Emma Lazarus dies at age 38
When Emma Lazarus died on November 19, 1887 at the age of 38, the obituary published in the New York Times referred to her as “an American Poet of Uncommon talent,” but did not mention her poem, “The New Colossus,” which today is indelibly associated with The Statue of Liberty.
One of the first successful Jewish American authors, Lazarus was part of the late-19th-century New York literary elite, and was celebrated in her day as an important American poet. In her later years, she wrote bold, powerful poetry and essays protesting the rise of antisemitism and arguing for Russian immigrants’ rights. She called on Jews to unite and create a homeland in Palestine before the title Zionist had even been coined. She is best known today for her poem, “The New Colossus,” which was written in 1883 as part of the effort to raise money for a pedestal to the Statue of Liberty. France was donating the statue to the United States, but Americans had to raise the funds for the pedestal.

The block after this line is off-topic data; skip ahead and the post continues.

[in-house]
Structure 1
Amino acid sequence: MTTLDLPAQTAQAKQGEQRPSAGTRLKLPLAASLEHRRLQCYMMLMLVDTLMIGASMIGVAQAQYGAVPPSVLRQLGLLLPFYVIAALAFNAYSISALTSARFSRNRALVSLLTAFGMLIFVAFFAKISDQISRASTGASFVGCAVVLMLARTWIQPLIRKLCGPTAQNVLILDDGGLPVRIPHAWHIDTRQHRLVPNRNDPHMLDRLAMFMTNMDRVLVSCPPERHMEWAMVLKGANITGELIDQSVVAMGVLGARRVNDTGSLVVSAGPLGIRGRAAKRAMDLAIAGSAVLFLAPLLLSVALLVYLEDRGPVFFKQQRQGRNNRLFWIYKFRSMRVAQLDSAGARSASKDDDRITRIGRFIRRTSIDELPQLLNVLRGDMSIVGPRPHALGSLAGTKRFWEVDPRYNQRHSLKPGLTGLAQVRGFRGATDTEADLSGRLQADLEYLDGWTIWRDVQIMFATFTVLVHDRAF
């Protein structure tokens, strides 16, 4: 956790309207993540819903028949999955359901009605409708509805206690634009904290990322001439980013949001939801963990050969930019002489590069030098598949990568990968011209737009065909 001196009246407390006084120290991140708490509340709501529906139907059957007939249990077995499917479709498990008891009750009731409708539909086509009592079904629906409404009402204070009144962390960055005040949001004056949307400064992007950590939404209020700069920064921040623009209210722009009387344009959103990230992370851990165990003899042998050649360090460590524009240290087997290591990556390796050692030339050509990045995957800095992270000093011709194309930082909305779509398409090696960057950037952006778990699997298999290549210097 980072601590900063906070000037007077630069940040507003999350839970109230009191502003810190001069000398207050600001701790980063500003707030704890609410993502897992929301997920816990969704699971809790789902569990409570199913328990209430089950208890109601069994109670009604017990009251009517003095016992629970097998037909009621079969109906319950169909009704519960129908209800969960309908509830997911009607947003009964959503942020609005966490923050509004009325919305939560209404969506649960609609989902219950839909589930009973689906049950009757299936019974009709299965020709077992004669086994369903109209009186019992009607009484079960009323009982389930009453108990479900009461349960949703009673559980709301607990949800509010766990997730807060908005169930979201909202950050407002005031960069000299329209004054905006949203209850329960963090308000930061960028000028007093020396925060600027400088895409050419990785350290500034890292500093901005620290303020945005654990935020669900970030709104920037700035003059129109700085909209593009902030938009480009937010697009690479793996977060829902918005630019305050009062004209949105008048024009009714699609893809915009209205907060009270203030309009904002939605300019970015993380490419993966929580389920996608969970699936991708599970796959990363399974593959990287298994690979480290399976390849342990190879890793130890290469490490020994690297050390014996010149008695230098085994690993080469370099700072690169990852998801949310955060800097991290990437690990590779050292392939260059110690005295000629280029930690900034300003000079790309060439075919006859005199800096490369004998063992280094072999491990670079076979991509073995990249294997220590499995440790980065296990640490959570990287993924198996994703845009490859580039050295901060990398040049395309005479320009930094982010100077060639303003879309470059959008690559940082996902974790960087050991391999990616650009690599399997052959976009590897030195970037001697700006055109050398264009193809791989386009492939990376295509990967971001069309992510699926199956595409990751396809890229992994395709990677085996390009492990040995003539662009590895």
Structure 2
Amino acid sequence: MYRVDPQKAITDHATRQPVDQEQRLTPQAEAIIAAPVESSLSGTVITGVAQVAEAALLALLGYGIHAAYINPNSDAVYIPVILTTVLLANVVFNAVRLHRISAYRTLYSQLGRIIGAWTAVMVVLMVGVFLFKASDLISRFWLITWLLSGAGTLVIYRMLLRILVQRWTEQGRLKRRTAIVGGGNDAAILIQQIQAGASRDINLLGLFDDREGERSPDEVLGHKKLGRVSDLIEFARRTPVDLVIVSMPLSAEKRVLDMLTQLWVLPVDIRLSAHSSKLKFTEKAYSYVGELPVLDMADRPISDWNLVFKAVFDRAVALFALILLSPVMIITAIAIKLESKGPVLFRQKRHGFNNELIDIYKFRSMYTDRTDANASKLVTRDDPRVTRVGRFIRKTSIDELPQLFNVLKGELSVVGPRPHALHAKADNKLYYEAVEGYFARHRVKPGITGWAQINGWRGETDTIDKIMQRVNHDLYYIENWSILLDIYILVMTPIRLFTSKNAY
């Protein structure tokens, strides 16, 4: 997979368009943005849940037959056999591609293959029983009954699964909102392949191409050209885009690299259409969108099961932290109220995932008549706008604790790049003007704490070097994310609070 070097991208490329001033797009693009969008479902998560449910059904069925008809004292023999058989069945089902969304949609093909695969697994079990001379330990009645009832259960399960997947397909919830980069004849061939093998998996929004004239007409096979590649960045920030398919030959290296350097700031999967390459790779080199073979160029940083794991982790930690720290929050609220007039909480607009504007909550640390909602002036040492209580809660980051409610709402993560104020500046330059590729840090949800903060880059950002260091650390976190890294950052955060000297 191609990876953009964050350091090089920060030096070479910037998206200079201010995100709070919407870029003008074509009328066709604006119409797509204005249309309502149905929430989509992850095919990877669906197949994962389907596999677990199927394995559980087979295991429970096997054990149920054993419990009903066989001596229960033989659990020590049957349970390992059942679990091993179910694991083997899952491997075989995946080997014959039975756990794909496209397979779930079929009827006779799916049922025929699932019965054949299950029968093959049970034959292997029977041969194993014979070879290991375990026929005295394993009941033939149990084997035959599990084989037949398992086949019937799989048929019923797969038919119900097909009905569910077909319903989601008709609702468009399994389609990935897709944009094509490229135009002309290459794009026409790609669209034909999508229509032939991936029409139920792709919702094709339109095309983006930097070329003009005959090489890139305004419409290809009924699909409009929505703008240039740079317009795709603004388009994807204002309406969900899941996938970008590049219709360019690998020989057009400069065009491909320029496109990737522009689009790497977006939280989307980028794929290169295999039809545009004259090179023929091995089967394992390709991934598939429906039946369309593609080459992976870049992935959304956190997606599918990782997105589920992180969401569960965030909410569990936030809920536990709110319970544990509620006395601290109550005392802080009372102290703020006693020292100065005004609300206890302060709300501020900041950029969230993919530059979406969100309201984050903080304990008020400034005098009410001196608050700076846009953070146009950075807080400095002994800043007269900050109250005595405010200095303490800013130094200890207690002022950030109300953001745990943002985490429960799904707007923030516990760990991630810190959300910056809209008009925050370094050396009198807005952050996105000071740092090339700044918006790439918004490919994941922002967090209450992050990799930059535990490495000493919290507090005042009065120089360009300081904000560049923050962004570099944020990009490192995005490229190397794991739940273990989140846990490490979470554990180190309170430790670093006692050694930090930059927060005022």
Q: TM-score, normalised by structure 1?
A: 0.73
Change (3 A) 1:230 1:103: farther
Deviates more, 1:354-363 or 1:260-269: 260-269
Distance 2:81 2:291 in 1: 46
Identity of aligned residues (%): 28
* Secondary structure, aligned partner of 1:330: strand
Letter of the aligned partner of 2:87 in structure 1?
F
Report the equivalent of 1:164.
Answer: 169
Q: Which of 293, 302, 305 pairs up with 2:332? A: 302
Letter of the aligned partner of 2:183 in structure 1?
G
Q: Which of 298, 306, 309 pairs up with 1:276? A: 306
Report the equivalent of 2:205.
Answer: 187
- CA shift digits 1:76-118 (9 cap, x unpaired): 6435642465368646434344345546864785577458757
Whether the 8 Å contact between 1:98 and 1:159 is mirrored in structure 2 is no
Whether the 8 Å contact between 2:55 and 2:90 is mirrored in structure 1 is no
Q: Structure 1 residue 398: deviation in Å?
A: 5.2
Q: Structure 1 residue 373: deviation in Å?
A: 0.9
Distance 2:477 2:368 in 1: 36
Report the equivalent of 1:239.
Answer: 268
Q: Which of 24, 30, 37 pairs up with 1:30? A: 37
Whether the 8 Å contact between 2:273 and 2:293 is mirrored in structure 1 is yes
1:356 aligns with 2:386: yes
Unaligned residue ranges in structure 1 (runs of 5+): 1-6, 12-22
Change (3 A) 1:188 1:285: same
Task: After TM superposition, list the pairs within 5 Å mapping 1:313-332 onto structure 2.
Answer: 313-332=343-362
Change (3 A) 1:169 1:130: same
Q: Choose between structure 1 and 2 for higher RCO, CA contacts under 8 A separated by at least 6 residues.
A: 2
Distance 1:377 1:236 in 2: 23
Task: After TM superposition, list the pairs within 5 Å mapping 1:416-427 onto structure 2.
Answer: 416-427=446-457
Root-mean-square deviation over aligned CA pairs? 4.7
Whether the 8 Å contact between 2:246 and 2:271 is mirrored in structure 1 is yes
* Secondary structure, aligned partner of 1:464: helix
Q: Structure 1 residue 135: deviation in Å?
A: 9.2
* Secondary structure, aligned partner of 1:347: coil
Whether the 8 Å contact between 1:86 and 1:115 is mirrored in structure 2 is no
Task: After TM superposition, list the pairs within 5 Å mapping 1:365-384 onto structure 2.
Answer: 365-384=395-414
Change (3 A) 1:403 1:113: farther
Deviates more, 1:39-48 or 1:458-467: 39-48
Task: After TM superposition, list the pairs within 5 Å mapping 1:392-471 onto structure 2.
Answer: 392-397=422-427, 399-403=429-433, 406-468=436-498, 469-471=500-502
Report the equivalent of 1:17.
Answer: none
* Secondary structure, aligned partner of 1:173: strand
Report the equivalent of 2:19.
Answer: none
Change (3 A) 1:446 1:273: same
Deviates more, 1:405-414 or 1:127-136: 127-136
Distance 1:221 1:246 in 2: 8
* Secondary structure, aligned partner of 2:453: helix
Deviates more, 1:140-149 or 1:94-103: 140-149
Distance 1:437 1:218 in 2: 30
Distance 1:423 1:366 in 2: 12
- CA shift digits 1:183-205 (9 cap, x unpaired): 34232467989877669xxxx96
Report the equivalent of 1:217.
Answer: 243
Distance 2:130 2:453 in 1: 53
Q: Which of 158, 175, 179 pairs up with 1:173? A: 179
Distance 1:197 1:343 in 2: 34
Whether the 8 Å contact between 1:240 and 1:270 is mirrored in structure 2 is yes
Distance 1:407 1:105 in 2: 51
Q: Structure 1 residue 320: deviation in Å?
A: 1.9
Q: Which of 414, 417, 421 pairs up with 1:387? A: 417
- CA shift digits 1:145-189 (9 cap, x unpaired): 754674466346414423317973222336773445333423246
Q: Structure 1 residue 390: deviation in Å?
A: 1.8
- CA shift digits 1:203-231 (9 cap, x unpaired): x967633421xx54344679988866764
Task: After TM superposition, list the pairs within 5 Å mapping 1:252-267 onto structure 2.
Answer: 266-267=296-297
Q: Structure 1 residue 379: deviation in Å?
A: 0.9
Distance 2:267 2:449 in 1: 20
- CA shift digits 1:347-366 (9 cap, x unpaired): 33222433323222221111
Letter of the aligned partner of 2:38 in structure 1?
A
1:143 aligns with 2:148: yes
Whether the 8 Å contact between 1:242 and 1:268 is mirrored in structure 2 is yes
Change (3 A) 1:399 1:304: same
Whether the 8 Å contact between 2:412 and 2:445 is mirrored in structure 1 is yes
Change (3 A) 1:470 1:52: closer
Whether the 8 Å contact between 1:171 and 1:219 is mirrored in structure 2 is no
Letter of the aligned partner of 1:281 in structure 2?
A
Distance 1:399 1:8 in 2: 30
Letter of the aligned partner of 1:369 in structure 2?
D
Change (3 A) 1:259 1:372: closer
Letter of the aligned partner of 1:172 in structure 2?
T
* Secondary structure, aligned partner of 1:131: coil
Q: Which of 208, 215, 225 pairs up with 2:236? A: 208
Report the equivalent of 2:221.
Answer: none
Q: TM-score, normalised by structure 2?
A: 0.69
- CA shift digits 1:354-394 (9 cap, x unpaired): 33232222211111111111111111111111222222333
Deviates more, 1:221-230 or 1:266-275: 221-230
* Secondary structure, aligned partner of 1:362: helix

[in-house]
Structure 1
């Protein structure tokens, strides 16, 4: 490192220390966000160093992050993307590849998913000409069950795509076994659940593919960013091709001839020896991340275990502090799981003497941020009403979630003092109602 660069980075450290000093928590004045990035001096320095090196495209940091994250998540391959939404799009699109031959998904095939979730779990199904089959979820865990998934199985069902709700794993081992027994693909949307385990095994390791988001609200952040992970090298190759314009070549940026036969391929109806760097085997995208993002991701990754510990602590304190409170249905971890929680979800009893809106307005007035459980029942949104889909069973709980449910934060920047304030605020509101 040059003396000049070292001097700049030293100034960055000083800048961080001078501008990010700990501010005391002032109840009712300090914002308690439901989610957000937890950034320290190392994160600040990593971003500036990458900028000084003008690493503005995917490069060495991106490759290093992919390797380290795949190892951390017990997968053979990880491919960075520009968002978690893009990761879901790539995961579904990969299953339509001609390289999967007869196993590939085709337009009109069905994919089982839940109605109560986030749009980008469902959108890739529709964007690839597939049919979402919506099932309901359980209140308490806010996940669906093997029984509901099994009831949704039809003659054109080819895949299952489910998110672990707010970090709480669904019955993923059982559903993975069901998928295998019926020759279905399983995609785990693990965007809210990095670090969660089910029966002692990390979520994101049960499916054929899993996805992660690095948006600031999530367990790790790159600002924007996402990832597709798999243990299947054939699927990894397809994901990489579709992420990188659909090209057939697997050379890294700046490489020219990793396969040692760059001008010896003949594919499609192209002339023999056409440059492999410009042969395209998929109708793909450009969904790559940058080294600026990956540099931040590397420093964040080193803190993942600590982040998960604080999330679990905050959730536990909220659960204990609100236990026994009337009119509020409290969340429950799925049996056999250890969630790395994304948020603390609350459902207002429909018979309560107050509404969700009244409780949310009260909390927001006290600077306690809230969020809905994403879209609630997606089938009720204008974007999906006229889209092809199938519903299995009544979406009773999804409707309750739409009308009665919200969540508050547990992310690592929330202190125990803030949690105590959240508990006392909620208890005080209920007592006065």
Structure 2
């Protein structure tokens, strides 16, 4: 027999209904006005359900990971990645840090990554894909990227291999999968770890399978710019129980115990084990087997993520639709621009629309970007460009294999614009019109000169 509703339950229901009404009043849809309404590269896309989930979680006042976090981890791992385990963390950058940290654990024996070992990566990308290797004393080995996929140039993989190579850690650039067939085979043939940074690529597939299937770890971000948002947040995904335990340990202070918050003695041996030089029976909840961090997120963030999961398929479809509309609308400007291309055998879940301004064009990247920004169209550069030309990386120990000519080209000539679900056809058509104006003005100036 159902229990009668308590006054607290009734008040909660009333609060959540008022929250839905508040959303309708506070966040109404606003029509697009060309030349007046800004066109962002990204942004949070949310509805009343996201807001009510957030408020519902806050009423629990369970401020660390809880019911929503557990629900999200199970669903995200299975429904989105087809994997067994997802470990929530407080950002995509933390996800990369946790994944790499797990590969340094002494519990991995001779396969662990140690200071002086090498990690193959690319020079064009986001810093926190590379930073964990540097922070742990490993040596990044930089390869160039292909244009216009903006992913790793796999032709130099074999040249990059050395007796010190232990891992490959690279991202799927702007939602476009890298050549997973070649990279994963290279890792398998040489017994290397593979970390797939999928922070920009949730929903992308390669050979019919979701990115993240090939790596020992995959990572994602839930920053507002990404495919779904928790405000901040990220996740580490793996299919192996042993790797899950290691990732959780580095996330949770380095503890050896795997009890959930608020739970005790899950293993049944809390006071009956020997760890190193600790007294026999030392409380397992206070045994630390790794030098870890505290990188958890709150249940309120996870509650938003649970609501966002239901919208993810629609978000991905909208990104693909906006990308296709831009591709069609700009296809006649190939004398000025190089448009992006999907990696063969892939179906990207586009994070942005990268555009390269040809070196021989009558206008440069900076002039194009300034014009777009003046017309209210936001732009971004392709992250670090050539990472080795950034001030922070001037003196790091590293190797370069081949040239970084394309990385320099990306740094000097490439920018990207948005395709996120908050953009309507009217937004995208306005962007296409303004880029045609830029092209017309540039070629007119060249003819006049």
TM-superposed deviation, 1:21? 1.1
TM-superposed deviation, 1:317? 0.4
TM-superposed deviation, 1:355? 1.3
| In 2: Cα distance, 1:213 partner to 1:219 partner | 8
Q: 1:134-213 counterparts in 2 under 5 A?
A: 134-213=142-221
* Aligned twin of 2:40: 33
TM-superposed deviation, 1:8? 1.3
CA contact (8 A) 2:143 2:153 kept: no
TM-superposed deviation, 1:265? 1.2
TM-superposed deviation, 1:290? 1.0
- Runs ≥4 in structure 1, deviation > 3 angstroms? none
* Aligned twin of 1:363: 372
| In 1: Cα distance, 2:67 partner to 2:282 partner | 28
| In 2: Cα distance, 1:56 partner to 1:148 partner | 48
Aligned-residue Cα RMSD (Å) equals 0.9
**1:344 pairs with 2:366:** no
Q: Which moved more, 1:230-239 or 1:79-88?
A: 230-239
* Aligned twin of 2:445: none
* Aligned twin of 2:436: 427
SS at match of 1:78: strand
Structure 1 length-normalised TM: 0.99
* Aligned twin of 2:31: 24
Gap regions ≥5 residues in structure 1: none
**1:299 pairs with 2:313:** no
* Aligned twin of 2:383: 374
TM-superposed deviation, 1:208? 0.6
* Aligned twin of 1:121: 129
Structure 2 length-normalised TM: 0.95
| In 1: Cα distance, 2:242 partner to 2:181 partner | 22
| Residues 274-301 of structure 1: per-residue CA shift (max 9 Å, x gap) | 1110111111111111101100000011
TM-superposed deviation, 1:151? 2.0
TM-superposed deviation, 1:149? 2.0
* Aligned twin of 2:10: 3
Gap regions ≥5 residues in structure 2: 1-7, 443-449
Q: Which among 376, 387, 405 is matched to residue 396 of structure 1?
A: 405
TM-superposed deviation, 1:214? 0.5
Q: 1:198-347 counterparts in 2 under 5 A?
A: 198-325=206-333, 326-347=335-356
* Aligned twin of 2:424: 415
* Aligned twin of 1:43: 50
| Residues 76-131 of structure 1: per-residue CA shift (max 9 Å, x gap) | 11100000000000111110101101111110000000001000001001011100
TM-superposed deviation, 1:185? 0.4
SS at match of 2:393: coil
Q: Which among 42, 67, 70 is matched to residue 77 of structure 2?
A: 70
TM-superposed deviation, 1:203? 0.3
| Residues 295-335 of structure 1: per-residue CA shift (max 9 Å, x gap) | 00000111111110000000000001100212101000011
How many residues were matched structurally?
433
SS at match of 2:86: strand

Her untimely death, probably from cancer, was mourned in both the Jewish and broader communities. It was only, however, after Lazarus’s friend Georgina Schuyler installed a bronze memorial tablet inside the entrance to the pedestal of the Statue of Liberty in 1903, inscribed with the lines from “The New Colossus,” including
“Give me your tired, your poor,
Your huddled masses yearning to breathe free,”
that Lazarus’s memory became forever associated with her powerful vision of America as a symbol of hope for the down-trodden.
Sources: www.350th.org/exhibit01/index.html; New York Times, November 20, 1887; May 6, 1903; Esther Schor, Emma Lazarus (Schocken, 2006).